There are lots of factors to evaluate when choosing a data science platform—don’t let model maintenance slip through the cracks. Check out page 12 of our Buyer’s Guide for more essential platform features to look for. 

All that to say, if your team is just relying on a one-off model to produce long-term results without giving it proper attention and management over time, you’ll be sorely disappointed. 

According to a recent RapidMiner-commissioned Forrester report, 82% of organizations say AI/ML is the most (or one of the most) important current investment areas. Organizations who embrace true transformation not only have systems in place to prohibit model drift, they’ll also be focused on embedding models across more areas of the business.  

Leading organizations will find more interesting and innovative ways to use data science—today, and in the very near future. In the same study, 85% of surveyed businesses said it was critical for them to reduce risk with AI, 82% looked to reduce fraud and ensure regulatory compliance with data science, 82% planned to use AI to increase operational efficiency, and 80% stated it was very important to drive new customer acquisition with data science—all with the foundational goal of creating successful models for the long term.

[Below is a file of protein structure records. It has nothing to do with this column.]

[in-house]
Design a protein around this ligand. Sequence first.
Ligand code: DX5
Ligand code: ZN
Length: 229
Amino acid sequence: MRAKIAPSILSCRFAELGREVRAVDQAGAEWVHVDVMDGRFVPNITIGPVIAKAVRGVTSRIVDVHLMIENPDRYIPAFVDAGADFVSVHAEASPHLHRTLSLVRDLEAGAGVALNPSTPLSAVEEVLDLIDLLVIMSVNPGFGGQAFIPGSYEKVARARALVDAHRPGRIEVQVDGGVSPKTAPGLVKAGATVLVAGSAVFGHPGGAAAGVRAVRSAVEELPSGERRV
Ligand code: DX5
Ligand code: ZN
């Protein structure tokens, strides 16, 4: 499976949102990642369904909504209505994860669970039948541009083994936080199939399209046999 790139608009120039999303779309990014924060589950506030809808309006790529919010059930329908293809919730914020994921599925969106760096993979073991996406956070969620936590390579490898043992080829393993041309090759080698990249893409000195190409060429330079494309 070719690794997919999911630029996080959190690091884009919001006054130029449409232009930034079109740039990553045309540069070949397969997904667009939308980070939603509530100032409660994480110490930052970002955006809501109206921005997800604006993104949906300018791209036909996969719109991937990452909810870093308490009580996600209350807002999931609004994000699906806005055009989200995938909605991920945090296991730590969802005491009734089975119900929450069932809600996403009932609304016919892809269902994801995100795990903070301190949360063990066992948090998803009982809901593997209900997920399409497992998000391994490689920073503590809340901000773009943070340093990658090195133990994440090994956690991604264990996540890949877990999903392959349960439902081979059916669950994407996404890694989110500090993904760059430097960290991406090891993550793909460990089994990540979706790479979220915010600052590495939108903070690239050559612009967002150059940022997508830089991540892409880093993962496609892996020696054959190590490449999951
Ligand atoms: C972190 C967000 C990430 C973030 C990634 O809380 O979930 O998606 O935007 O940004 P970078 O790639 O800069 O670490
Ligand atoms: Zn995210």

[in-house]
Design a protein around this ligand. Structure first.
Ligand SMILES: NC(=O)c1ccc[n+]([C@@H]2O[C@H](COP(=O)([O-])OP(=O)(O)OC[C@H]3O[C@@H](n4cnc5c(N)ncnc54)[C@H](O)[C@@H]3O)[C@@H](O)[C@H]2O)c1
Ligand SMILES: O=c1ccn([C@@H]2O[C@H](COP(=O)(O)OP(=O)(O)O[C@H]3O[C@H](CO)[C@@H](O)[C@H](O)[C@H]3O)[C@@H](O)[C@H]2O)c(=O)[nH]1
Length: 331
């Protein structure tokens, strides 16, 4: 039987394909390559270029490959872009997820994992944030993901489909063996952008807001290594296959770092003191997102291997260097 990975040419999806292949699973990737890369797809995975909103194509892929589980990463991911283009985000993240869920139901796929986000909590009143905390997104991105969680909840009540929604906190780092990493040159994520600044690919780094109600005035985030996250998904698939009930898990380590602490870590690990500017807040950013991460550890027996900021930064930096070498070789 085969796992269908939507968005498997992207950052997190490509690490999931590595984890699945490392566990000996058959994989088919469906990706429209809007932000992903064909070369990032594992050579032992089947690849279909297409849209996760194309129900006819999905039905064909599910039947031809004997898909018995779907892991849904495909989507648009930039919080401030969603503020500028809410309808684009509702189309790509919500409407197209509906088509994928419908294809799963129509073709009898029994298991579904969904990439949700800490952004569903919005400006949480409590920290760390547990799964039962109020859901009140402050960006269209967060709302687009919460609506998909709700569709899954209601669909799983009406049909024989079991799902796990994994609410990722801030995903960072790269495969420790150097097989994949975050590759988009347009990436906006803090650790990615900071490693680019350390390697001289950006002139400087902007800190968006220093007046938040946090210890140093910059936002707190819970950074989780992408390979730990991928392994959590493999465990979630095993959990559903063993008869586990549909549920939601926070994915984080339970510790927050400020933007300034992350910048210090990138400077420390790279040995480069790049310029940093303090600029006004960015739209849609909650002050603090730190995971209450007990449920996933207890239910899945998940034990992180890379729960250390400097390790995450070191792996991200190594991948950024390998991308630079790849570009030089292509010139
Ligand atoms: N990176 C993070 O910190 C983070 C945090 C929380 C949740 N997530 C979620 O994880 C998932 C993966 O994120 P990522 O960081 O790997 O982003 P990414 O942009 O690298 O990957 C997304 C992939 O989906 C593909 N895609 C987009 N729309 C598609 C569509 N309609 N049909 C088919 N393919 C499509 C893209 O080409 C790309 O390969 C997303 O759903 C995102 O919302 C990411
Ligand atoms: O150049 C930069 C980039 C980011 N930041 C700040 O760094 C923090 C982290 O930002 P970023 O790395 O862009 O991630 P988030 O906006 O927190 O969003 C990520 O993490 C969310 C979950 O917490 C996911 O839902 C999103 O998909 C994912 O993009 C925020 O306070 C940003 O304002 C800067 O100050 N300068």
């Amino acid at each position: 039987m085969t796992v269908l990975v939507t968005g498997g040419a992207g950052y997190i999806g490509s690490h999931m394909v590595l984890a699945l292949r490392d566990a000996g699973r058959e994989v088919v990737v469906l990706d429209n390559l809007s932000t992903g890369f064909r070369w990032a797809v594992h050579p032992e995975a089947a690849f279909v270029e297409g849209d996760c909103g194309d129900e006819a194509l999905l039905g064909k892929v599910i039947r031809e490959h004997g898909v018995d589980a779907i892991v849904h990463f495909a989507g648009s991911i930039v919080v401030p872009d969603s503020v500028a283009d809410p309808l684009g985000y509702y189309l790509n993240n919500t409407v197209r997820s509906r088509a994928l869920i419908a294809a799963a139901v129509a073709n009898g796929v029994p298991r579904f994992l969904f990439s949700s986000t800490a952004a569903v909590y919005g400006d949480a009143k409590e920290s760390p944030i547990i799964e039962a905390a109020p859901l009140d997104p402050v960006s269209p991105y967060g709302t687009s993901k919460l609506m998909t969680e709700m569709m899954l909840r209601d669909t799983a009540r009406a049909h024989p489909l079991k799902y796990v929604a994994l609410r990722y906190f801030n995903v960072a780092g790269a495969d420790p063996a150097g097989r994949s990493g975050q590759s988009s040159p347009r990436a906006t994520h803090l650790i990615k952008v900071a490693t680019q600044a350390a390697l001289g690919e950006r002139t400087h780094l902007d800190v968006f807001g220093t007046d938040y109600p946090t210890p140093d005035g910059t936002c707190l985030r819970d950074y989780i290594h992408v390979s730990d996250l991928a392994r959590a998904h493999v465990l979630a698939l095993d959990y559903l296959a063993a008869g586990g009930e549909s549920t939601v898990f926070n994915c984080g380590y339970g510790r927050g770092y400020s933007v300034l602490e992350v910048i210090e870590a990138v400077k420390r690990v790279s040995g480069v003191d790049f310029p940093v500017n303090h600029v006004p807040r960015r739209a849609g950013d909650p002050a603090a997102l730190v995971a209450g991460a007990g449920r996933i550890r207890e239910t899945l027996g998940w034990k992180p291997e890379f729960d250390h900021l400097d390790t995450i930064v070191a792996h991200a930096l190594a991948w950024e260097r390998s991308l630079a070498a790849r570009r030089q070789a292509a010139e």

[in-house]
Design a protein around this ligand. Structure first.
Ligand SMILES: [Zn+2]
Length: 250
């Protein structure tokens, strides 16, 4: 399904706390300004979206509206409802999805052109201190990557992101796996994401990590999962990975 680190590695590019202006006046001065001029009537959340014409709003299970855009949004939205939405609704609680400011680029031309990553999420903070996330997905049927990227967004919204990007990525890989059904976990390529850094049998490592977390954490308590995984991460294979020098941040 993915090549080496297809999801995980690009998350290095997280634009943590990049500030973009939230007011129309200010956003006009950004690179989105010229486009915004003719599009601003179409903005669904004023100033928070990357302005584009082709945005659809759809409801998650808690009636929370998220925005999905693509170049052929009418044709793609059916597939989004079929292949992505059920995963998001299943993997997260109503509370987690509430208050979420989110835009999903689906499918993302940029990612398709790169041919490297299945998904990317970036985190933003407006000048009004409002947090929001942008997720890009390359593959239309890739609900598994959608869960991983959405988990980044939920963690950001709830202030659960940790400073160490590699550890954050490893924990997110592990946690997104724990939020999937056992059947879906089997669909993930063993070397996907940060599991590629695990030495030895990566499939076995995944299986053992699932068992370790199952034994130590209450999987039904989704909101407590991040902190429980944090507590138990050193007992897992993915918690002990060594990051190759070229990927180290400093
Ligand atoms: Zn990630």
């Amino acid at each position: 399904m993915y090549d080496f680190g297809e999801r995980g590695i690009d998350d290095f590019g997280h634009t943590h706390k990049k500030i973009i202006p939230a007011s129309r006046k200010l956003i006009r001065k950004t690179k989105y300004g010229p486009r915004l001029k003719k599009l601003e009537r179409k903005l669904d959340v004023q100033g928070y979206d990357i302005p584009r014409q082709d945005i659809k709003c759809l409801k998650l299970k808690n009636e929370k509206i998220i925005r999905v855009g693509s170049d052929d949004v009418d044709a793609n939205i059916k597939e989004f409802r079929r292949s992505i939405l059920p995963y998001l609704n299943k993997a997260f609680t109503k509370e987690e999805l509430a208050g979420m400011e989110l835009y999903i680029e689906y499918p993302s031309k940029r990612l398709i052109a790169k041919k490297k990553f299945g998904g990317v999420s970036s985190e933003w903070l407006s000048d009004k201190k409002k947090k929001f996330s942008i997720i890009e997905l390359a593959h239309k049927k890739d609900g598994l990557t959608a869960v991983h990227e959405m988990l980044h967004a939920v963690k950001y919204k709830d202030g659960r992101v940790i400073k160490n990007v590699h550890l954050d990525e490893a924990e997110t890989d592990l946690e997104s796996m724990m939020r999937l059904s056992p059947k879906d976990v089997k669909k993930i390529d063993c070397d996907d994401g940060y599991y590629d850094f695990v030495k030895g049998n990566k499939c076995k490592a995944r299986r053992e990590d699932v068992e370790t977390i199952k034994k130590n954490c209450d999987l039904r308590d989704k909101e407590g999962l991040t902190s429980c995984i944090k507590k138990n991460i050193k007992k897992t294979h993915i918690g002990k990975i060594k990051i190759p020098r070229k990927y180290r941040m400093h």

Wrapping Up 

By aligning your people, processes, and technology around a strong data science initiative, your organization can achieve a true, data-driven transformation guaranteed to generate long-term value. There are benefits to starting now—early adopters are currently seeing a 5.8X return on their data science investments, compared to 3.8X for less mature organizations. In 2-3 years, the expected ROI for early adopters is 9.3X, compared to 5.5X for later adopters. 

Don’t wait until tomorrow to deal with problems AI could help you solve today. Check out our Buyer’s Guide to Enterprise Data Science Platforms to learn more about the best approaches to data science, how to effectively integrate AI into your organization, and how to evaluate which data science platform is right for you. 

Related Resources